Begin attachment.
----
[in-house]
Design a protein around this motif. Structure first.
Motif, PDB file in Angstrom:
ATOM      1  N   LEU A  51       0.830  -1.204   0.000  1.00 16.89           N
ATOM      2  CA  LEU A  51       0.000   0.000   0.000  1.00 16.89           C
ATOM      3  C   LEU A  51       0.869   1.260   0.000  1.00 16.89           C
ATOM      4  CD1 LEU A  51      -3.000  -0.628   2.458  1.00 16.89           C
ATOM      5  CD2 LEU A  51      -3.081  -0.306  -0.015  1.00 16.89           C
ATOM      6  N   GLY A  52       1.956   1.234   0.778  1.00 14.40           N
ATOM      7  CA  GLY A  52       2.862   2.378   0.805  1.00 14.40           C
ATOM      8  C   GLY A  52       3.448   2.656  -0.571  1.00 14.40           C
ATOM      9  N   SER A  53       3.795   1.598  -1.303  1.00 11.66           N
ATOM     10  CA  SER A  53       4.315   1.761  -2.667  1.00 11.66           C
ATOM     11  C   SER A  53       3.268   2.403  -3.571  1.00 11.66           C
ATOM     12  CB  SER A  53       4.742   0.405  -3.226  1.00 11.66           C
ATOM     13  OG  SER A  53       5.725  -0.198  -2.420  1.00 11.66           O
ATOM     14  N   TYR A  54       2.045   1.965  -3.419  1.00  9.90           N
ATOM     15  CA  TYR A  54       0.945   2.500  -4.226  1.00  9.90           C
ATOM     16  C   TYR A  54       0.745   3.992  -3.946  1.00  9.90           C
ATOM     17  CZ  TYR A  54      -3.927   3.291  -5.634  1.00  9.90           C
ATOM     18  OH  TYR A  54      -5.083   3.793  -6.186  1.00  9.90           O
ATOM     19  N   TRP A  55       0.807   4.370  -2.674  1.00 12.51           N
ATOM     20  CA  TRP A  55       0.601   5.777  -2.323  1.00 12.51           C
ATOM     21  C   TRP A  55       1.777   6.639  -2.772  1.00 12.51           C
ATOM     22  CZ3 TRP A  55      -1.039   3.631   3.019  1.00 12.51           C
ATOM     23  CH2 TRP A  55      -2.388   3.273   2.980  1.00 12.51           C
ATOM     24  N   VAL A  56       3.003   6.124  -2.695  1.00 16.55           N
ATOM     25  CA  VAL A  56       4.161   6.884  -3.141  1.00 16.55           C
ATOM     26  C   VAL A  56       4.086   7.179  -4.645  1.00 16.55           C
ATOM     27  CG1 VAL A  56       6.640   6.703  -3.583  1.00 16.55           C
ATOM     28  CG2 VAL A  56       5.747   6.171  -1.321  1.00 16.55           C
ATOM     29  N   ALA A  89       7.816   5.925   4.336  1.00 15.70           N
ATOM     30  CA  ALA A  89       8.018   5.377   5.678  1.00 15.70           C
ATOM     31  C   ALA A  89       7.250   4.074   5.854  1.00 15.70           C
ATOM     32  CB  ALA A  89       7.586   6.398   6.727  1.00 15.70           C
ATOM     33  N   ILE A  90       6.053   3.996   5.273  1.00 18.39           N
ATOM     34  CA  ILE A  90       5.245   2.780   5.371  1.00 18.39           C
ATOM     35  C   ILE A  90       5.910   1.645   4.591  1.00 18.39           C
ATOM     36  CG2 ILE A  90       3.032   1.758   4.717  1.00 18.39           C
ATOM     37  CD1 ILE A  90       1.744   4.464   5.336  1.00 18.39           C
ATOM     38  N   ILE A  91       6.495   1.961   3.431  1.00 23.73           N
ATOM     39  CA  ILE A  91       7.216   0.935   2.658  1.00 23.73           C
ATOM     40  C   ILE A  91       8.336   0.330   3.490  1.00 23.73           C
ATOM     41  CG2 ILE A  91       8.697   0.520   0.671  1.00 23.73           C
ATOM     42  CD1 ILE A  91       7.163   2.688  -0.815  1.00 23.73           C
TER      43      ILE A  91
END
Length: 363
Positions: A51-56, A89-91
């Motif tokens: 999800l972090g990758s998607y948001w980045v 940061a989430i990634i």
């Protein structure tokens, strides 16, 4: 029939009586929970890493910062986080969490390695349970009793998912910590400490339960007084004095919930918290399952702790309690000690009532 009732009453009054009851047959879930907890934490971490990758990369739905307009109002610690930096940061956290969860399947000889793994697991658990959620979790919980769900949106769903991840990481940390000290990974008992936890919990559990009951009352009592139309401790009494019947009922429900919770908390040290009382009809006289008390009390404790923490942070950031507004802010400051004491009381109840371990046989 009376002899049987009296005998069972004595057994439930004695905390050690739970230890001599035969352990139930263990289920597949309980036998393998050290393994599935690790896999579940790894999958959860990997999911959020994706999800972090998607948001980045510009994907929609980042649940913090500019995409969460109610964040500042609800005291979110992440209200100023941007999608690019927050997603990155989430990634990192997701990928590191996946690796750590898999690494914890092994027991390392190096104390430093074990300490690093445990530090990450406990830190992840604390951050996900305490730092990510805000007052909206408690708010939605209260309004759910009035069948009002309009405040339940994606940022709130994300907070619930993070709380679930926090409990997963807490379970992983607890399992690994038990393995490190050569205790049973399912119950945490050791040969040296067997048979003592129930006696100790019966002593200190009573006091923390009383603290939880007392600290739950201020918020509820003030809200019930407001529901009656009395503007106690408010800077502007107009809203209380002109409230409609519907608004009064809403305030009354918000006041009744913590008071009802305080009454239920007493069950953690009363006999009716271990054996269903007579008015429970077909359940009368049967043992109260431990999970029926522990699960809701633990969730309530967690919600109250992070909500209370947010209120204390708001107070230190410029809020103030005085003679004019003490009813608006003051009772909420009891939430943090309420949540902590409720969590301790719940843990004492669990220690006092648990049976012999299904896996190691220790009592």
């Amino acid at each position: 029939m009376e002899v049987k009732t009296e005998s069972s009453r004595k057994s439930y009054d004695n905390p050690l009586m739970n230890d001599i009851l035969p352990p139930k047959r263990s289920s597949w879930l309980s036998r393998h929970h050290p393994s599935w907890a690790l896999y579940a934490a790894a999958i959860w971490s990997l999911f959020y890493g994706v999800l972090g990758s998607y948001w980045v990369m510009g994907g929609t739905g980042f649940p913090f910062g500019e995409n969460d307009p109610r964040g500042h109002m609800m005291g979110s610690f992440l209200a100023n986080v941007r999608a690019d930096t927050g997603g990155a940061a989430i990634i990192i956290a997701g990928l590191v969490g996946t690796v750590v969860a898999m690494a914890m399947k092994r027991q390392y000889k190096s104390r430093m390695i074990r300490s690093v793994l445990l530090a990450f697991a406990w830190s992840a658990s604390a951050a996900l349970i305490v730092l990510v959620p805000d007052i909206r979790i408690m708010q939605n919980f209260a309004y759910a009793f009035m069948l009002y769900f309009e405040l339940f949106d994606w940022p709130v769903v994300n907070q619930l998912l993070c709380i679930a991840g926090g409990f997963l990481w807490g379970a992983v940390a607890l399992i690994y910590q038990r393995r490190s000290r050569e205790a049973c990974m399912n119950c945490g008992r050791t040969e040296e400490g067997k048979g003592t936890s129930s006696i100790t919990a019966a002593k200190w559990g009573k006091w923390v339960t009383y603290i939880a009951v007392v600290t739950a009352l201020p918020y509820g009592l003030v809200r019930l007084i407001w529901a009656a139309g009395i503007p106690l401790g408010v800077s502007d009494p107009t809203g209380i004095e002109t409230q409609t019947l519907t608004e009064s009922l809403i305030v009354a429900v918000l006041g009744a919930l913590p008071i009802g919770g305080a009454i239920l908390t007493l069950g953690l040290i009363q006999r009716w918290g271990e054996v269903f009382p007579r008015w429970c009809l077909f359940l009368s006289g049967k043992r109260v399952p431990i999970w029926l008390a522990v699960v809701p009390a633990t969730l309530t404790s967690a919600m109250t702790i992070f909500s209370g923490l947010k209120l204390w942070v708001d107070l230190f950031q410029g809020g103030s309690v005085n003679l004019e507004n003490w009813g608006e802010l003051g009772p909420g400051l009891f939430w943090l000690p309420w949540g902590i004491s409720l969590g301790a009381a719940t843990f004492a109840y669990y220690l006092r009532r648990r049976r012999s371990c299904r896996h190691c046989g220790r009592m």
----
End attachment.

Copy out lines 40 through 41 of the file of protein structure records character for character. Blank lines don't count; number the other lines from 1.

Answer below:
ATOM     37  CD1 ILE A  90       1.744   4.464   5.336  1.00 18.39           C
ATOM     38  N   ILE A  91       6.495   1.961   3.431  1.00 23.73           N